136 countries agree to abolish tax havens – Blueprint Newspapers Limited

An important global deal to ensure that large corporations pay a minimum tax rate of 15% and make it more difficult for them to evade tax was finally reached after Ireland, Estonia and Hungary signed this elusive agreement.

The deal aims to end four decades of “race to the bottom” of governments that have sought to attract investment and jobs by only slightly taxing multinational companies and allowing them to seek low tax rates.

Negotiations have been going on for four years, moving online during the pandemic, with the backing of a deal from US President Joe Biden and the costs of the COVID-19 crisis giving it added momentum in recent months.

The deal aims to prevent large companies from making profits in low-tax countries like Ireland regardless of where their customers are located, an issue that has become increasingly urgent with the rise in power of tech giants who can easily do business across borders.

Of the 140 countries involved, 136 have supported the agreement, with Kenya, Nigeria, Pakistan and Sri Lanka abstaining for now.

The Paris-based Organization for Economic Co-operation and Development (OECD), which is leading the talks, said the deal would cover 90 percent of the global economy.

“Today’s agreement will make our international tax agreements fairer and more efficient,” said OECD Secretary General Mathias Cormann (former Minister of Finance of Australia).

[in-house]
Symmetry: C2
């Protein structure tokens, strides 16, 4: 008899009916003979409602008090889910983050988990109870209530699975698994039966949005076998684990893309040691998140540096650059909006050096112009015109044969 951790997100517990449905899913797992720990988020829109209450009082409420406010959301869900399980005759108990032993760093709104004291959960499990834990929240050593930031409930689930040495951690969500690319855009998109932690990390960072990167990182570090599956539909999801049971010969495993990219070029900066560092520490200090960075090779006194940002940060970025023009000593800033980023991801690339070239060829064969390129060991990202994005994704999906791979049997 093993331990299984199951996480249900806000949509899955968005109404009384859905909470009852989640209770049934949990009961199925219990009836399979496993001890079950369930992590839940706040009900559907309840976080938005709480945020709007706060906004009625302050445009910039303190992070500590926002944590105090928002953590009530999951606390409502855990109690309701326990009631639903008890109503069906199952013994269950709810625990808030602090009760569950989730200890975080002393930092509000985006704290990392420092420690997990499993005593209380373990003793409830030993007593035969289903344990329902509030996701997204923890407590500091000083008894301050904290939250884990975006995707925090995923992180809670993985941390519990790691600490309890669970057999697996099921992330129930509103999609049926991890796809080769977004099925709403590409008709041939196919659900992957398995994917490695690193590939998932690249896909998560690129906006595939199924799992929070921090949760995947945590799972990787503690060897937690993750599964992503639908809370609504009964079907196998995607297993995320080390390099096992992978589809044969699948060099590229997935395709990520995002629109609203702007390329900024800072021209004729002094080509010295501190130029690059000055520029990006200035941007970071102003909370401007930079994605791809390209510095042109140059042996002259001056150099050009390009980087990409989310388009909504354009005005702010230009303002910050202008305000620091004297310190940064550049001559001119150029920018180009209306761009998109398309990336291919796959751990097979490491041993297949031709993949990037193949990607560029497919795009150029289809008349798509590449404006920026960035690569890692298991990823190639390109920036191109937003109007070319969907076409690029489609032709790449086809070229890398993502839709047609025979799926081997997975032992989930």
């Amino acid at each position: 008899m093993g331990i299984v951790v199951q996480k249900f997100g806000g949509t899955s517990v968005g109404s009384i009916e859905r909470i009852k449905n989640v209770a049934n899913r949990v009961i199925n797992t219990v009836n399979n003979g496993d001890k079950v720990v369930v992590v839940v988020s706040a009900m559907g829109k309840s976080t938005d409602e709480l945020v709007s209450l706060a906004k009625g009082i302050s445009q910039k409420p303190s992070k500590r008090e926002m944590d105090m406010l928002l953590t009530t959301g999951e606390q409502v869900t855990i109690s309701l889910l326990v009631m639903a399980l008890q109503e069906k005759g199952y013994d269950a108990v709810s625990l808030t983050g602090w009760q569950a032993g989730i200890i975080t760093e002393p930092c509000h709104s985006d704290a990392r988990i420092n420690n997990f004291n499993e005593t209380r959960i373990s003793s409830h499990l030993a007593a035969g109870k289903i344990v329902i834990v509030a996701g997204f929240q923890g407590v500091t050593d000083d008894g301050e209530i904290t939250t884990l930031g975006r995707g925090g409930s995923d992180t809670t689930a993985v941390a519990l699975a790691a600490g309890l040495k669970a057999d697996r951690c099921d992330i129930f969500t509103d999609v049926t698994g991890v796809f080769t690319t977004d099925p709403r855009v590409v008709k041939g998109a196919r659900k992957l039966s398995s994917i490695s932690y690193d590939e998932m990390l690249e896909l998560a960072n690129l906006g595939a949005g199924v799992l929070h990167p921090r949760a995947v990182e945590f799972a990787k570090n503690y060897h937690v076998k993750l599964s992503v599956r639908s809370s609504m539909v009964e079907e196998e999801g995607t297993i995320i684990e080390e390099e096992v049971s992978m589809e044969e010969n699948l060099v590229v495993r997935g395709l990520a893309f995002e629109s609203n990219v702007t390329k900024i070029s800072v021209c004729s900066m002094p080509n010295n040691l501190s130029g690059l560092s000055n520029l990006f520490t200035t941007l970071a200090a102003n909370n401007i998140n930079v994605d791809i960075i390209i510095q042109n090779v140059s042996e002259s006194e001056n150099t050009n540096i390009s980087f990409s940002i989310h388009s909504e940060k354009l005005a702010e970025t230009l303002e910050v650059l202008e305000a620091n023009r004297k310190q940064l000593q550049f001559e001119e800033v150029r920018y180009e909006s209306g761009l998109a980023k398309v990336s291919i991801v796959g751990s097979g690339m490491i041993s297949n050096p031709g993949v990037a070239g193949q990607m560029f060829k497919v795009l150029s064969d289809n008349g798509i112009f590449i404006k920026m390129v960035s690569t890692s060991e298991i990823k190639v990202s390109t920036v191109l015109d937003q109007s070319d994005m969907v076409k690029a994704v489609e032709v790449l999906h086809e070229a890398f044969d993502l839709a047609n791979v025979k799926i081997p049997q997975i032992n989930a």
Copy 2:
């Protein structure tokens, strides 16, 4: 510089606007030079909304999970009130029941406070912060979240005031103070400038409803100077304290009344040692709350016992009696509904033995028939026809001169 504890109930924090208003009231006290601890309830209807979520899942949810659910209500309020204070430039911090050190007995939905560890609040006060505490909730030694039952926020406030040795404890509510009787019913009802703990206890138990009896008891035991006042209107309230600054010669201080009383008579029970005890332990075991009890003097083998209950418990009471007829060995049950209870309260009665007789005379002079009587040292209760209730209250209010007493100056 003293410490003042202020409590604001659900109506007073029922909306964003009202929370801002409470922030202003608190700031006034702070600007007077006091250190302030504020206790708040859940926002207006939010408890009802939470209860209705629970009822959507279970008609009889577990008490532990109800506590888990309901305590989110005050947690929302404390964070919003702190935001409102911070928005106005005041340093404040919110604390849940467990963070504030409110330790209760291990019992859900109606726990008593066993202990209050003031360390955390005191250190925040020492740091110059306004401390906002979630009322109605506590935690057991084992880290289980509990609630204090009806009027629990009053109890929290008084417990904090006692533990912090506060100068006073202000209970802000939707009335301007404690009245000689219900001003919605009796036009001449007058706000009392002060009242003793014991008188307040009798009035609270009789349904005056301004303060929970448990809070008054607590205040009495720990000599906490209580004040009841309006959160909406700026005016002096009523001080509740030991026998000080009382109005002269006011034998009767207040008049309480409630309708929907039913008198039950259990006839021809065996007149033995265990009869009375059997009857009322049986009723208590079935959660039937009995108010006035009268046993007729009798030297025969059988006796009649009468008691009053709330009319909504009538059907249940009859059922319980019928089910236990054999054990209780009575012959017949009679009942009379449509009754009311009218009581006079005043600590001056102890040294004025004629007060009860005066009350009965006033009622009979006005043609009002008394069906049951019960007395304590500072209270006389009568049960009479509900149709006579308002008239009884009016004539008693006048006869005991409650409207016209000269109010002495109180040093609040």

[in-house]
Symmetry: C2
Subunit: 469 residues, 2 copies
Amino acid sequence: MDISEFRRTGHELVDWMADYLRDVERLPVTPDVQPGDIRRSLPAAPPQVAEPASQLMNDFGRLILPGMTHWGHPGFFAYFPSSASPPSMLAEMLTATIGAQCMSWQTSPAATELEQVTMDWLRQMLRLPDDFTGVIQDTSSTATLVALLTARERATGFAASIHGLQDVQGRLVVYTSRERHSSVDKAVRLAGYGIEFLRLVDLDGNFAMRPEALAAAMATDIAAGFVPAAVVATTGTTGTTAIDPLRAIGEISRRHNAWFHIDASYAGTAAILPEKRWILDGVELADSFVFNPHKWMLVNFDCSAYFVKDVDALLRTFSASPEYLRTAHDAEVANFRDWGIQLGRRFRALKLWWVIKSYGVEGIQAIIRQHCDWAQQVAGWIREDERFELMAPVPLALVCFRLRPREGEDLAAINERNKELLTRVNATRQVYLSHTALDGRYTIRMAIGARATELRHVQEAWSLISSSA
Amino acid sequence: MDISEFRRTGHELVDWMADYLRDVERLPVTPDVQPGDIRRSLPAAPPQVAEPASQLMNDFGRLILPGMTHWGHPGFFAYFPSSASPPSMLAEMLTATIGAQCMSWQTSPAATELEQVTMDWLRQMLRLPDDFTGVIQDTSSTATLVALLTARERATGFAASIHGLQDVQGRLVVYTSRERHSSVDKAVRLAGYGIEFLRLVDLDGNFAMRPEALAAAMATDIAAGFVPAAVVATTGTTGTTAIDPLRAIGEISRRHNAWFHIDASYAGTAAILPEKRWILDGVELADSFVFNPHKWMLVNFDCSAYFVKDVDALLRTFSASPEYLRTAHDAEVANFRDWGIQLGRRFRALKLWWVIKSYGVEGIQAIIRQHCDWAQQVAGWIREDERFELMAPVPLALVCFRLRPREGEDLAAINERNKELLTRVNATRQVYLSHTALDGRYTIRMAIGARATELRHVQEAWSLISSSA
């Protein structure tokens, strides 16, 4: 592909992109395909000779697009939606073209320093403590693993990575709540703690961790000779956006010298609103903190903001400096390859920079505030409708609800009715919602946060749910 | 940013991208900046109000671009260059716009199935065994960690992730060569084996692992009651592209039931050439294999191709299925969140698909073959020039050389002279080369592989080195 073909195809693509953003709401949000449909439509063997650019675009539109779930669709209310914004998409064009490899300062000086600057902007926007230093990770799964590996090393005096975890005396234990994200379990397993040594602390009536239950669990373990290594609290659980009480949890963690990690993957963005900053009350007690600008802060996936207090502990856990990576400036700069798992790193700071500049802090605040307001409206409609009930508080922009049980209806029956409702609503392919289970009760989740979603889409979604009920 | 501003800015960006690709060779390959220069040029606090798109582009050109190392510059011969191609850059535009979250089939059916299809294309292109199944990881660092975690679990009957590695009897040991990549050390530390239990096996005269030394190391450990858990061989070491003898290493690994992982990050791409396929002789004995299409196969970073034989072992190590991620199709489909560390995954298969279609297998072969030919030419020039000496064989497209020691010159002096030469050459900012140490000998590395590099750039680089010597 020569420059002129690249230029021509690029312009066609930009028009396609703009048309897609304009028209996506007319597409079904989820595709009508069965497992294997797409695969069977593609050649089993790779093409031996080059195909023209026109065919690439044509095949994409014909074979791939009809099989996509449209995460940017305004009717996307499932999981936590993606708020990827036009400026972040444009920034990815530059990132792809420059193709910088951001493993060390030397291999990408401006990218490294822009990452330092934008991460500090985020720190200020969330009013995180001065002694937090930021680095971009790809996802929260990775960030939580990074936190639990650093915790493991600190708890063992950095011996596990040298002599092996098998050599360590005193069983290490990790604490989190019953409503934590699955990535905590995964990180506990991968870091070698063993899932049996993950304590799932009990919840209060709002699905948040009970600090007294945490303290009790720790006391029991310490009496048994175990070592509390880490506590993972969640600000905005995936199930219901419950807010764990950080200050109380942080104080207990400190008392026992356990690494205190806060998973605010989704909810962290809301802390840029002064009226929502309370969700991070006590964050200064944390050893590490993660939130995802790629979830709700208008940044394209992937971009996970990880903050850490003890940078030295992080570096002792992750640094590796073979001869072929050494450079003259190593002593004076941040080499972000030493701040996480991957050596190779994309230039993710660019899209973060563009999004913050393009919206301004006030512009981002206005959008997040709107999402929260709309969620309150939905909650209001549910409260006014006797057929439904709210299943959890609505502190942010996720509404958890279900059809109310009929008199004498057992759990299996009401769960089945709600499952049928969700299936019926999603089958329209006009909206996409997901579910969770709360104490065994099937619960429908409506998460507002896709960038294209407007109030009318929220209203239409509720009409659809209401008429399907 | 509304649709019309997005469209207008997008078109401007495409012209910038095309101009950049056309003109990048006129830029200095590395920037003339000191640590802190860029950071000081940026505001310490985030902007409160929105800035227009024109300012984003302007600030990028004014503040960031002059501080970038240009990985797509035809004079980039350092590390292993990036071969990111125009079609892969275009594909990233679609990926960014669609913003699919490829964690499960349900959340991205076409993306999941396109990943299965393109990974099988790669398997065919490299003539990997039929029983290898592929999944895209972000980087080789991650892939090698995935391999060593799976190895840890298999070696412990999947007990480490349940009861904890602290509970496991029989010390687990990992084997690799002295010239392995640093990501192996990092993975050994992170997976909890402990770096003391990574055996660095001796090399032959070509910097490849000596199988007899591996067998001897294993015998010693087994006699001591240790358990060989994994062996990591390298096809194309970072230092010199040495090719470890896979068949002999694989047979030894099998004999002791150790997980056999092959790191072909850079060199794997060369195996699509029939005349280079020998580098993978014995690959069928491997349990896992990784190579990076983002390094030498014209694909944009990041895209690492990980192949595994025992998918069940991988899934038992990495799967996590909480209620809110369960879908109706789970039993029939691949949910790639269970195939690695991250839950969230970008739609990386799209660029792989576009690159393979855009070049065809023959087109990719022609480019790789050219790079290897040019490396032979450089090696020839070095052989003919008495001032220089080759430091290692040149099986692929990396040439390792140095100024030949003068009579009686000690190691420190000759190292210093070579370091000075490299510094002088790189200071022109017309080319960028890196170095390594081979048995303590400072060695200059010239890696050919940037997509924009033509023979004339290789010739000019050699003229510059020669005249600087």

“This is a great victory for effective and balanced multilateralism.

Organization for Economic Co-operation and Development (OECD) Secretary-General Mathias Cormann (right) and US Secretary of State Anthony Blinken. Photo: AAP

German Finance Minister Olaf Scholz said it was “another important step towards more tax justice”.

“We now have a clear path to a fairer tax system, where the world’s big players pay their fair share wherever they do business,” said his British counterpart Rishi Sunak.

With ink barely dry on the deal, some countries were already worried about its implementation.

Switzerland’s finance ministry demanded in a statement that the interests of small economies be taken into account and said the implementation date of 2023 was impossible.

Poland, which is concerned about the effect on foreign investors, said it will continue to work on the deal.

Central to the deal is a minimum corporate tax rate of 15 percent and allows governments to tax a larger share of the profits of foreign multinationals.

US Treasury Secretary Yellen hailed it as a victory for American families as well as international businesses.

“We have turned tireless negotiations into decades of increased prosperity, both for America and for the world. Today’s agreement represents a unique achievement for economic diplomacy, ”Yellen said in a statement.

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